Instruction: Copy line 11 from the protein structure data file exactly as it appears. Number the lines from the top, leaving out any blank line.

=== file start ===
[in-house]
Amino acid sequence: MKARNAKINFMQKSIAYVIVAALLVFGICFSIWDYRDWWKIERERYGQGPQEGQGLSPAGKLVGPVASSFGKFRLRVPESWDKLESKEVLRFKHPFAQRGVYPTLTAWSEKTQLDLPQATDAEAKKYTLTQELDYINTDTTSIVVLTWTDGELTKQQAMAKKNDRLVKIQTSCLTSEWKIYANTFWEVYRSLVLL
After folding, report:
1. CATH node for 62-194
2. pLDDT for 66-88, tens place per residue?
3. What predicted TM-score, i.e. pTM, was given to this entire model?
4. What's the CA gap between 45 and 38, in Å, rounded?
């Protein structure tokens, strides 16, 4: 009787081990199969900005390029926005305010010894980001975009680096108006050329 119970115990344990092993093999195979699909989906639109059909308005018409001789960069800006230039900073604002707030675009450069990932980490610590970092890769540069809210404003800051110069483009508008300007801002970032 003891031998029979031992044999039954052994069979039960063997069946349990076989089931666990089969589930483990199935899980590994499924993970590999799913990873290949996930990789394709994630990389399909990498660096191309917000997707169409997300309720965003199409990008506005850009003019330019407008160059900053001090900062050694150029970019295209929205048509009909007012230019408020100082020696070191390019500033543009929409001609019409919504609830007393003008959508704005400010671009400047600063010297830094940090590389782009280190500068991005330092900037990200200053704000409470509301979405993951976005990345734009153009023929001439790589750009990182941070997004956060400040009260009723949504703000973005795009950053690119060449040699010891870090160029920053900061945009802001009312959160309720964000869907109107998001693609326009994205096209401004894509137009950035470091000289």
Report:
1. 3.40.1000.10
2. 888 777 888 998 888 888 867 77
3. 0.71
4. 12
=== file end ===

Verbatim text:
2. 888 777 888 998 888 888 867 77